In the first edition of What Works on Wall Street, published in 1996, James O’Shaughnessy outlines the framework for the cornerstone value quantitative investing strategy. The strategy buys the top 50 yielding stocks, rebalanced annually, among a universe of stocks he calls “market leaders.” (Although dividend yield is no longer a good value indicator for stocks).
Market leaders are defined by the following:
- They’re large (their market cap is greater than the universe average). These stocks are also called “Large Stocks”, which he used as his benchmark for this strategy.
- They have more common shares outstanding than the universe average.
- They have cash flows that exceed the universe average.
- They have sales that are >=1.5x the universe average.
- They are not a utility.
His universe was simply the Compustat database (the same used by Portfolio123). As of October 10, 2017, 441 of 6088 stocks in the database (~7%) are “market leaders.”
Backtesting results were promising, although these numbers do not reflect transaction costs, taxes, or slippage.
The out of sample backtest below includes 0.25% slippage for all transactions and are shown for various starting capitals, trade fees and tax brackets (with a 1-year rebalance period, we can sell (winning stocks) on day 366 and take advantage of lower long-term capital gains tax rates). For losing stocks, you typically want to sell them on day 364 to be able to use them as short-term capital losses, which can be used to offset any short-term capital gains you have, which are taxed at a higher rate (therefore, offsetting them is advantageous).
The backtest is also composited weekly, meaning each year’s return is the average return of 52 different portfolios. So if the return for the strategy in 1999 was 10%, that’s the average of 52 portfolios — 1/1/1999 to 1/1/2000, 1/8/1999 to 1/8/2000, 1/15/1999 to 1/15/2000, etc.
The benchmark this time is the SPDR S&P 500 ETF SPY (which includes dividends so the returns are total returns). Returns are shown as excess returns over buying and holding SPY.
With no transaction costs, the amount of starting capital doesn’t affect the excess return. If you’re paying $4.95 or $6.95 per trade, you would have needed to start with at least $10,000 to outperform buying and holding SPY. If you’re paying $19.95 a trade, you’d have needed $15,000 or $20,000 to start depending on your tax bracket.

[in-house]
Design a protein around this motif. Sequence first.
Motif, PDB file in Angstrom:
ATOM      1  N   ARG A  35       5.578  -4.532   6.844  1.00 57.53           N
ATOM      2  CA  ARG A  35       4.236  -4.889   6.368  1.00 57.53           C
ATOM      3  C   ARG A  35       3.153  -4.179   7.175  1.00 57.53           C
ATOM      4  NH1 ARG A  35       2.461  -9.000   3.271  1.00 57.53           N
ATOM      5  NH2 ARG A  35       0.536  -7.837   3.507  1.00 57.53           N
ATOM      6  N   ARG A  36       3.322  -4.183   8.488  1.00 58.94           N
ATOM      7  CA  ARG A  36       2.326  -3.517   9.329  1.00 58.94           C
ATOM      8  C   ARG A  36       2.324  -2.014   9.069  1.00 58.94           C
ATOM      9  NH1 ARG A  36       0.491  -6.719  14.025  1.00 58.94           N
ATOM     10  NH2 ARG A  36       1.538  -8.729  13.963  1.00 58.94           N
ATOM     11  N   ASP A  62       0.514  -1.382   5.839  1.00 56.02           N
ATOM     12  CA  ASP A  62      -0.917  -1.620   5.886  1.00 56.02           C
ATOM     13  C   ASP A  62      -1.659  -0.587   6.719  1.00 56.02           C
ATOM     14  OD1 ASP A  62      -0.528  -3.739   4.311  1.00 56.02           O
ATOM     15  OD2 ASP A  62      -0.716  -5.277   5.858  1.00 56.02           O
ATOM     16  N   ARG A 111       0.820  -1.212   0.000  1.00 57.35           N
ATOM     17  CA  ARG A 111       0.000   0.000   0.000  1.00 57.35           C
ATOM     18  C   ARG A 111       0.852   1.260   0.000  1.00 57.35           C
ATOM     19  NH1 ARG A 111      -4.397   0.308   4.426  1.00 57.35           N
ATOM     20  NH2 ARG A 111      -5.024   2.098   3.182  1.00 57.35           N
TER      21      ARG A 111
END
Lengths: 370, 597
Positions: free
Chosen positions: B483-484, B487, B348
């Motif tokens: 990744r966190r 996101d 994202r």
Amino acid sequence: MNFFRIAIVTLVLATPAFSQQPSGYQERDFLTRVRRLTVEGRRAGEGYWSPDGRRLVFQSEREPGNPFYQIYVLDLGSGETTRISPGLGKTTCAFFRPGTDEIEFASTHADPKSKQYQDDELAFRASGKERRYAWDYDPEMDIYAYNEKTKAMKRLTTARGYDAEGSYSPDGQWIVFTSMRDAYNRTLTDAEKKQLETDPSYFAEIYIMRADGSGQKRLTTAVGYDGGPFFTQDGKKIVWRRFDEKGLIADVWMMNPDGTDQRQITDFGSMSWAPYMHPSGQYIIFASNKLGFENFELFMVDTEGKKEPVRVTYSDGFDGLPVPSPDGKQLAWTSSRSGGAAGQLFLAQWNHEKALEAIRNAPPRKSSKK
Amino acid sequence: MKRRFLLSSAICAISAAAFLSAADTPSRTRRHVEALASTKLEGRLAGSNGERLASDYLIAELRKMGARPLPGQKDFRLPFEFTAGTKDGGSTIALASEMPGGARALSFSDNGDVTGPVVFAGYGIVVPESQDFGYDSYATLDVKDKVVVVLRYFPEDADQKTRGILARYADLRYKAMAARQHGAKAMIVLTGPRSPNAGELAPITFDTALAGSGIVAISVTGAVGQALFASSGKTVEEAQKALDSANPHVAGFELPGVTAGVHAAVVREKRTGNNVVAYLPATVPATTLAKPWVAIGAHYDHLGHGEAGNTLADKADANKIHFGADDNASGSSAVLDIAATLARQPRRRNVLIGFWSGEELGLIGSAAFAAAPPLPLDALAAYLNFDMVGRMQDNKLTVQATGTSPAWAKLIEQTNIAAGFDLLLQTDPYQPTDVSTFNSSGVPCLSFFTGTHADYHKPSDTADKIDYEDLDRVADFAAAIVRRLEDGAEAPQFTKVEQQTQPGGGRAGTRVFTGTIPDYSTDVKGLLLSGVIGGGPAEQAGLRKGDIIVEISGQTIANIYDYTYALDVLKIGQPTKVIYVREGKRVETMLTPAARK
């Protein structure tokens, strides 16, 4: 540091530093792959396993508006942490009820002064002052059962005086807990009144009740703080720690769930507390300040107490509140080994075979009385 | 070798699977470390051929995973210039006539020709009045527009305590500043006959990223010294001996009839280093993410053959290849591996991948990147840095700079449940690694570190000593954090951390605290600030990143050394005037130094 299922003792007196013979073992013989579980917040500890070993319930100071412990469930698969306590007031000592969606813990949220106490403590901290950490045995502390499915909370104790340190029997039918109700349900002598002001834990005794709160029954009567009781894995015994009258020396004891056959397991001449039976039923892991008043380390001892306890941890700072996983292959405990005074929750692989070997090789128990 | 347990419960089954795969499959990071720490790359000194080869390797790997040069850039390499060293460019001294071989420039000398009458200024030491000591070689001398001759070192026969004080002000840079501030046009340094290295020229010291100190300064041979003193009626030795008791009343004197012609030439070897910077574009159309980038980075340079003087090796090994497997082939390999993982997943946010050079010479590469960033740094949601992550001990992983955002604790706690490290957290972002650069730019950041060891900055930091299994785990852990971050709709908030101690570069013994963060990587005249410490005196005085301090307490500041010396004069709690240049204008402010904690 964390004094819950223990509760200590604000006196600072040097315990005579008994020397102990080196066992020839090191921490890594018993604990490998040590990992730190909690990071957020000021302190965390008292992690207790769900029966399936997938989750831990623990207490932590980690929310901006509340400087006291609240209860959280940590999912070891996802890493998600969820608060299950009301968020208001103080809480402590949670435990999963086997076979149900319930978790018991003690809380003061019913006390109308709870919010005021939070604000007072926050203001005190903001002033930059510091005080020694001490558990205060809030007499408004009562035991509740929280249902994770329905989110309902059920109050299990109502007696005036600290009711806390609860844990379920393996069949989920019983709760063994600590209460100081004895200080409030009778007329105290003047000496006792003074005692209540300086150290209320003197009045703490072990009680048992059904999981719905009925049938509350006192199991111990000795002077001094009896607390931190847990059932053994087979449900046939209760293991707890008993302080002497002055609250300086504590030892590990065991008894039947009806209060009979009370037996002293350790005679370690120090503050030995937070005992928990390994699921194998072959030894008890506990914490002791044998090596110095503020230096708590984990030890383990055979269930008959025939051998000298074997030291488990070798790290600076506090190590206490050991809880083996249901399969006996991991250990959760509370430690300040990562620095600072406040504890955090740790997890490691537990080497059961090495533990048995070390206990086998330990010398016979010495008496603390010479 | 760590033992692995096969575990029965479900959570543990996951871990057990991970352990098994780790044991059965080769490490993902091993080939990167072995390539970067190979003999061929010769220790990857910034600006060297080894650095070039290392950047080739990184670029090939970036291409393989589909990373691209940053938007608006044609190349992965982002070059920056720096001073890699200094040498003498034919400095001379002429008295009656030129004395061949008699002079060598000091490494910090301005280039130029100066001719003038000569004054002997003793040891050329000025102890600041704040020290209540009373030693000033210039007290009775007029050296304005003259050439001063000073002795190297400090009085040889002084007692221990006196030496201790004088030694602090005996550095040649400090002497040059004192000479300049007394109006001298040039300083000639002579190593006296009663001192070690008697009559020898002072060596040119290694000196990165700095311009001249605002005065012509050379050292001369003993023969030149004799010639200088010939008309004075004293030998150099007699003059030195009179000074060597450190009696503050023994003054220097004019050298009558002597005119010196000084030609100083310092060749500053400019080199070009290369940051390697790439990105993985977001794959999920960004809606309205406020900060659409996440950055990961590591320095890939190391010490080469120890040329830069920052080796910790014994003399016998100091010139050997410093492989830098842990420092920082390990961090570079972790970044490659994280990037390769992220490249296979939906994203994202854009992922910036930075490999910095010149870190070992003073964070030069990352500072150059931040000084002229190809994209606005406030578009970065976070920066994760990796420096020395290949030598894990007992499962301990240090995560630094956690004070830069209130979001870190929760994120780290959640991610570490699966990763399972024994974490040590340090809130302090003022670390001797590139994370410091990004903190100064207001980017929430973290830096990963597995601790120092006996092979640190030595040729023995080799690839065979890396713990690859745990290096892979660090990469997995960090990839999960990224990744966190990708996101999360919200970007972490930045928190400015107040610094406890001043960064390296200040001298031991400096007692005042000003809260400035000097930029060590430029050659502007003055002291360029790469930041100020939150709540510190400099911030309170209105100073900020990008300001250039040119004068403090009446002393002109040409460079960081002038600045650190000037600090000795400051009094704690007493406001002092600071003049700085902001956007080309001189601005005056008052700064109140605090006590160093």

The top excess return shown (for $0 trades and 10/15% tax bracket) resulted in an excess return of 236%, turning $15,000 into ~$72,000 over ~18 years instead of ~$42,000 for buying and holding SPY.
Backtesting also indicates a slightly larger drawdown (~63%) for the cornerstone value strategy than SPY (~55%) over this time period, which brings into question whether someone would be able to psychologically tolerate this strategy.
Based on the weekly composited portfolios, this strategy performs better during down markets (when SPY is decreasing) than up markets…
…so using a market timer to exit the market improves the drawdown but erases the alpha.
However, using the same market timer to add a low beta filter (if the market timer is signaled at a rebalance date, only repurchase stocks if their 3-year beta is in the bottom 10% of stocks in the universe) may preserve alpha while decreasing drawdown.
So the key takeaways:
- Free trades are awesome (like with Robinhood).
- For the most part (with the exception of low starting capital/high transaction fees/high tax bracket), cornerstone value outperformed buying and holding SPY out of sample (1999 to 2017).
- This strategy can be implemented on its own or in conjunction with other strategies I’ve discussed, such as market timing.
As of 10/14/17, the top 5 stocks for the cornerstone value strategy (highest yielding among market leaders) are ETP, CTL, MBT, EPD, & ETE.
This strategy screen is available to my group on Portfolio123, where you can customize it or implement it as is. If you just want the stock picks, you can subscribe on Patreon below.